Story: The movie honours the late Jaswant Singh Gill, who rescued 65 miners who were stranded in a flooded coal mine in Raniganj, West Bengal, and is based on a true rescue effort from 1989.
Review: On November 13, 1989, a tragedy occurred at the Mahabir Colliery in Raniganj. The pressure from explosives used to remove coal caused the subsurface water table to burst, releasing a torrent of water and endangering the lives of the 65 trapped miners. When all other attempts to save the situation failed in a race against time, engineer Jaswant Singh Gill (Akshay Kumar) proposed drilling a well and using a specially designed rescue capsule. Without a crane and with corruption in CIL (Coal India), the movie depicts how Gill and his team of heroic professionals used the clever capsule to save all 65 miners.
As long as the narrative honours the courageous souls and the dangerous events that transpired, bringing genuine events to the big screen and paying tribute to India's unsung heroes is commendable. With all of its ability to understand human psychology and behaviour in life-threatening situations, Mission Raniganj falls well short of its objective.
There is a pattern to the films starring Akshay Kumar that explores societal issues or takes inspiration from India's history. A Punjabi wedding song opens the proceedings, followed by two brief sequences in which the heroine vanishes, the hero's slow-motion entrance scene, and a dramatic denouement in which he is praised as the ultimate saviour. The movies don't lack purpose; rather, what's lacking is their attempt to push limits and delve farther into the characters' lives. Beyond the basic details on the internet, no effort is made to comprehend Gill as a person.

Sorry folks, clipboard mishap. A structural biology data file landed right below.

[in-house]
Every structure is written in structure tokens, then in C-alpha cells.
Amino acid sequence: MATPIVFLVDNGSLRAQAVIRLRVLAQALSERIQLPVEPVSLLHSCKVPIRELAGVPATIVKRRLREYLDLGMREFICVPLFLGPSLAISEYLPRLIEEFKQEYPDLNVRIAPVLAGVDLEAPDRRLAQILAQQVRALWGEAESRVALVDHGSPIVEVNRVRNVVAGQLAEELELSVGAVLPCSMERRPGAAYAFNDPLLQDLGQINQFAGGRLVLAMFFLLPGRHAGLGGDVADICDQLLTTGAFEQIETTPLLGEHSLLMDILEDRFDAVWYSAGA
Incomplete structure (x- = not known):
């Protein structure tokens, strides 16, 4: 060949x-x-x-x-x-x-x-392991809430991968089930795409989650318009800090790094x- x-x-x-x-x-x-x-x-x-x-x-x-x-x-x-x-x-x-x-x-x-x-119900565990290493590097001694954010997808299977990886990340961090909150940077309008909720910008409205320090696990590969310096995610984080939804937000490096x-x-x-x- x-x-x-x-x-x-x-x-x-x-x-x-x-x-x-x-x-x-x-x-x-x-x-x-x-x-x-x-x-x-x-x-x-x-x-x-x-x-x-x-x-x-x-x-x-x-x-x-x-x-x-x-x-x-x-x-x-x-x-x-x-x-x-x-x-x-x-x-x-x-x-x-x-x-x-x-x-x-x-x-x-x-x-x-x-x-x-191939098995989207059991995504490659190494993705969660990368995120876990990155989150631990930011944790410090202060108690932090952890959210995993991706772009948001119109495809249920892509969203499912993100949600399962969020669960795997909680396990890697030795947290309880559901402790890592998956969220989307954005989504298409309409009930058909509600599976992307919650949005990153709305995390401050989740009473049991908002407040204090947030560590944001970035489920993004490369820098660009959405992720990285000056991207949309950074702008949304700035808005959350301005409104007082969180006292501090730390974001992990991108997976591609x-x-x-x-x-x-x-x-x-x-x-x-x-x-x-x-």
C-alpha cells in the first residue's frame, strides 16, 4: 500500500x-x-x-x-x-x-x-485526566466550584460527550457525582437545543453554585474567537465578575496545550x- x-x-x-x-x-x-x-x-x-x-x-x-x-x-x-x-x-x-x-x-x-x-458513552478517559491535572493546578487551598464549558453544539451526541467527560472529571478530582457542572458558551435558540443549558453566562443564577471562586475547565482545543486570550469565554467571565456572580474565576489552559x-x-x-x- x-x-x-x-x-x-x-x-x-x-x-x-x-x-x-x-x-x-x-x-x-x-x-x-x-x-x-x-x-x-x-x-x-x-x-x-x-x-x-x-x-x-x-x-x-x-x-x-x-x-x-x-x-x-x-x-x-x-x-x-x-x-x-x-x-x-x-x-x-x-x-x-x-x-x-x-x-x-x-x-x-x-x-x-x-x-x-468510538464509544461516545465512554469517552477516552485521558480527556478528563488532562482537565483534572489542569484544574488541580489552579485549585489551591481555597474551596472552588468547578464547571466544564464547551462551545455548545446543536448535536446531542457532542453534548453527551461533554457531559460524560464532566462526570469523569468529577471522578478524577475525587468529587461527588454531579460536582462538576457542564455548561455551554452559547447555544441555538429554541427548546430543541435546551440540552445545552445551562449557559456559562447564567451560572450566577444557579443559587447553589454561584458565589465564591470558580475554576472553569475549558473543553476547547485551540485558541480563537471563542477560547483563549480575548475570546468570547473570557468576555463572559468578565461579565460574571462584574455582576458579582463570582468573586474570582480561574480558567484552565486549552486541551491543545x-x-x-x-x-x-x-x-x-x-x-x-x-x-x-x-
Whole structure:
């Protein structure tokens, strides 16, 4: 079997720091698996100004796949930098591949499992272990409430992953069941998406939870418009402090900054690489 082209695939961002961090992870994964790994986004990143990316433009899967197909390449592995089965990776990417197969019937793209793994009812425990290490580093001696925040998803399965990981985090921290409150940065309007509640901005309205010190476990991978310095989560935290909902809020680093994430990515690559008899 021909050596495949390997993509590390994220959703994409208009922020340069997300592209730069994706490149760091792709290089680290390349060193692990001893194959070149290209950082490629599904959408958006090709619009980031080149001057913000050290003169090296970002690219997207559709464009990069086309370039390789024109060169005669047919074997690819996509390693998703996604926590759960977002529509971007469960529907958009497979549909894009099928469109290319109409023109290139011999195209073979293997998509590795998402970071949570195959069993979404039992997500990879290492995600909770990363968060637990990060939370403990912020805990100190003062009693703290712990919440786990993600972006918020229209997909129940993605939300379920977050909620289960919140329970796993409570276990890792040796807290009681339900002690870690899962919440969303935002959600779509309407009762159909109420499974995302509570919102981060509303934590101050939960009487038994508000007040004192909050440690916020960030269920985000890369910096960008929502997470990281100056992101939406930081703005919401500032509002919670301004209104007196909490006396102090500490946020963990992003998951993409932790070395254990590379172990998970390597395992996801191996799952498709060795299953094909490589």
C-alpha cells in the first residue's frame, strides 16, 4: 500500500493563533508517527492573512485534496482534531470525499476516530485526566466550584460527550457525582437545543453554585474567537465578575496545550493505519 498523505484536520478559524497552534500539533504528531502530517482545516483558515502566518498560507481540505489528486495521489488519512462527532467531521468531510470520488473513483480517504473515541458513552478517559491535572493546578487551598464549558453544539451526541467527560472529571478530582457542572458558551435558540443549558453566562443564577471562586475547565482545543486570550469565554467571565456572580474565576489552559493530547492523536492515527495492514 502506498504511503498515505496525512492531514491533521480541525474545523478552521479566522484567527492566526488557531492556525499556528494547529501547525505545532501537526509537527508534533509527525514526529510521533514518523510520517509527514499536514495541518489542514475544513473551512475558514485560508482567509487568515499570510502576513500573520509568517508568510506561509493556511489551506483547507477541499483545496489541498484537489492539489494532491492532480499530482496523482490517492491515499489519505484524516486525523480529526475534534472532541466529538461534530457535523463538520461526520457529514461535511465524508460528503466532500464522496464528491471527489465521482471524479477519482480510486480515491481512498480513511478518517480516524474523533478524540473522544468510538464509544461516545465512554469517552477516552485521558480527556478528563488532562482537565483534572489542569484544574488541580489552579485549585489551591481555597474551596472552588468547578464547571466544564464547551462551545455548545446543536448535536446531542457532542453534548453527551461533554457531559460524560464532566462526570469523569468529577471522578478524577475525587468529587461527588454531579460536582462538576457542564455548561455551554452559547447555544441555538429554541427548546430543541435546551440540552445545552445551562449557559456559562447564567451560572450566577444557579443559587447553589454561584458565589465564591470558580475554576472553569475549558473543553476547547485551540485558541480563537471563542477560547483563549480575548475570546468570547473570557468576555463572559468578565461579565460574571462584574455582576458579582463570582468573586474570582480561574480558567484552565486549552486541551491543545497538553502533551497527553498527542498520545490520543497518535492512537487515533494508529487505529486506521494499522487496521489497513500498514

The initial part is badly crafted. There isn't any character development to make you root for them. Poor visual effects and production value also don't help. The accompanying performances are likewise unimpressive, and the violent water that is ready to burst in the mine appears and sounds nothing like it. It seems overly dramatic, even from someone as experienced as Ravi Kishan, who portrays one of the miners. The story fails to appropriately highlight the seriousness of the issue through any dialogue. The movie picks up steam in the second part, but juvenile rivalries and pointless internal politics drag it down. In a blink-and-miss role, Parineeti Chopra scarcely makes an impression.
An evacuation thriller has the potential to be incredibly compelling, unsettling, and human-testing. For example, "Thai Cave Rescue" emotionally drew you into the lives of each individual. Director Tinu Suresh Desai's noisy, melodramatic picture makes a weak attempt to delve behind the surface, leaving you uninterested in a significant event. It's wonderful to see a valiant endeavor to rescue the underprivileged, not just billionaires in submersibles, but conveying the message requires more than simply intention.